Motorola has a track record of making its smartphones available and affordable to a wide consumer base. With the Motorola One Fusion, it takes that notion to a completely different level. Now priced at Dh649, it becomes a tempting option for a lot of individuals. But should you look at it as a long term smartphone solution?
Design and build
Fancy is not the right term to describe the One Fusion. It has a simple and familiar look with not much that is unique. The chassis is made of plastic and so is the frame, with the only glass being on the front of the device. Motorola does not clarify if there is any Gorilla Glass protection here but it would be safe to assume that there is not. It does however sport a water repellent design with an IPX2 rating, meaning it is resistant to small splashes.
Despite the dash of rugged, we recommend you use a case with the smartphone, like the one provided in the box. Moreover, it would also be wise to invest in a screen protector. As for the smartphone’s other design features, you find all of its control buttons on the right edge. This includes the power button, volume rocker and a Google Assistant button. They are comfortably positioned and nicely textured however do feel a bit mushy when pressed.
Otherwise, the bottom edge sports a Type-C USB port and the primary microphone whereas the left edge has the SIM slot. With the One Fusion, you get access to either a dual nano-SIM slot or one nano-SIM and a micro-SD card slot. Unfortunately, you do not get a 3-in-1 hybrid configuration that you might find on the competition. Also, it is worth mentioning that the SIM tray in general is designed quite poorly. Taking it out of the phone is a chore which is not something we say often on many other phones.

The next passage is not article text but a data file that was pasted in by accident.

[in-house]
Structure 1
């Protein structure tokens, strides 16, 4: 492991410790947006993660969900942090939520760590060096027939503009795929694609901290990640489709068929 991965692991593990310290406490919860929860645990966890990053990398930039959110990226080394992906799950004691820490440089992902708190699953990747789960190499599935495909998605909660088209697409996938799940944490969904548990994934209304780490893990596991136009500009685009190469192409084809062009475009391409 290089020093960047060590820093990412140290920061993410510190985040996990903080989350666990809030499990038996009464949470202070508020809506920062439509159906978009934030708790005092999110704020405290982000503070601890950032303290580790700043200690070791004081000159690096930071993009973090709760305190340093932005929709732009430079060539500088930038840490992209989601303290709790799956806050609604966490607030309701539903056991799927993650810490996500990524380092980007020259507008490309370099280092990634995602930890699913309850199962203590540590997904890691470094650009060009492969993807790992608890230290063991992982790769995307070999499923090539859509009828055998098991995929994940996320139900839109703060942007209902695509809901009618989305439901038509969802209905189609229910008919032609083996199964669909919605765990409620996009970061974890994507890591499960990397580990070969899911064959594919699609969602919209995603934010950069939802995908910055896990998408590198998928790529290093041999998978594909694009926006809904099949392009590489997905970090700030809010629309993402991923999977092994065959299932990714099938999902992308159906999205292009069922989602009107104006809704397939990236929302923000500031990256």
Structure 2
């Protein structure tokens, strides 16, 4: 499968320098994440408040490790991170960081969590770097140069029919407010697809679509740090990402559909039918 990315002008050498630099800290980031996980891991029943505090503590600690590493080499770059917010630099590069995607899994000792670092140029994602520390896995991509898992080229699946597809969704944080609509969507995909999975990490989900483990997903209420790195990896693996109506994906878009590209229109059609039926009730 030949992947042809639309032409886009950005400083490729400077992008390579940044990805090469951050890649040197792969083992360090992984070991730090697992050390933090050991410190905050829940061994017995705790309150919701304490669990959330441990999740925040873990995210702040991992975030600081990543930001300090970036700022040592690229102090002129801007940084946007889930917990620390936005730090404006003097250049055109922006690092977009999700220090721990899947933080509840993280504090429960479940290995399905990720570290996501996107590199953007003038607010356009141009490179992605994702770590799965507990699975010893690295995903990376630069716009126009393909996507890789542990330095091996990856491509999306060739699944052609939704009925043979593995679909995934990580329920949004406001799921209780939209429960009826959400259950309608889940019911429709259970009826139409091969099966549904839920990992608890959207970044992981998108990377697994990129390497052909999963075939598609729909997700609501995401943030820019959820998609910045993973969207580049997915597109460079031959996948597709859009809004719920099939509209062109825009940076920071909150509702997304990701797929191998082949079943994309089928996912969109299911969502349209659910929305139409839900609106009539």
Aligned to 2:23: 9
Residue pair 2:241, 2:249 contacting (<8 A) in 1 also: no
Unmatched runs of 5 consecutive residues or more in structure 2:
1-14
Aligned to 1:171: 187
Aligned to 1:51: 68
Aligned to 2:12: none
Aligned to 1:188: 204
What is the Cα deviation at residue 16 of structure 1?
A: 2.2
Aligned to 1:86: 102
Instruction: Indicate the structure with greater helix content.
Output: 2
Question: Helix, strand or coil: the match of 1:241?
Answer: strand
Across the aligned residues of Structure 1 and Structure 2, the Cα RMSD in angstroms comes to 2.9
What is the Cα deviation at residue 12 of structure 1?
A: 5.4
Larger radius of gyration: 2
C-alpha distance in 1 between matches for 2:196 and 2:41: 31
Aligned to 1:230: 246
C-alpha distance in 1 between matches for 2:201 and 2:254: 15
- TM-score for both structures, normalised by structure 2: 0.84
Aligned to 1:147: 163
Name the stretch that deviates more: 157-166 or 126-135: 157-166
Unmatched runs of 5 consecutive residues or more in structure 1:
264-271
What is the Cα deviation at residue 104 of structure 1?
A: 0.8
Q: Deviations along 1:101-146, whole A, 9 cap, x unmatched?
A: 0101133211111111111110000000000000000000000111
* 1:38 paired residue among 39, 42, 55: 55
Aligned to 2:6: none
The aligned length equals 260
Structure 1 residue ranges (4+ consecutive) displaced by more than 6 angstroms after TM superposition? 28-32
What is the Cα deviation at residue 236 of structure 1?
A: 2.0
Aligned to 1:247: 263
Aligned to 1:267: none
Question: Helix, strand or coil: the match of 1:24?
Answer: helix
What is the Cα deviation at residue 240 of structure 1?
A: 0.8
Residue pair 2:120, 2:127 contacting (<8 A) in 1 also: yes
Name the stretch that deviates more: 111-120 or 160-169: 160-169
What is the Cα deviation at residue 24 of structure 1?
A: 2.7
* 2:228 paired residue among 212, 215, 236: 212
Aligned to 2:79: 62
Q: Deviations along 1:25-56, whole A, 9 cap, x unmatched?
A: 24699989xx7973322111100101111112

Lastly, the top of the smartphone has the secondary microphone and a 3.5mm headphone jack. This completes the frame, which combines fairly well with the glossy look of the smartphone. It feels a bit cheap but it should not be a problem so long as you use a case with it. Plus, at 205g and 9.4mm, the phone’s heft conveys a sense of premium. The back also houses the smartphone’s camera system and a fingerprint scanner which is extremely well placed. However, the speaker on the smartphone’s rear is a terrible idea.
Display and multimedia
Addressing the display on the One Fusion, it is a flat 20:9 IPS LCD panel at 6.5-inches. It has some fairly large bezels with a tear-drop style notch. The bottom bezel of the smartphone stands out for the wrong reasons but quite frankly, you can adjust to these bezels with any problem. A bigger issue is the smartphone’s display resolution. It is only an HD+ specification with 1,600 x 720 pixels boasting a 270ppi. While corner cutting is not unheard of at this price segment, doing it for the display is slightly disappointing. Even competing brands at this price point provide at least a Full HD+ resolution display, some even with a 90Hz refresh rate so Motorola needs to improve here.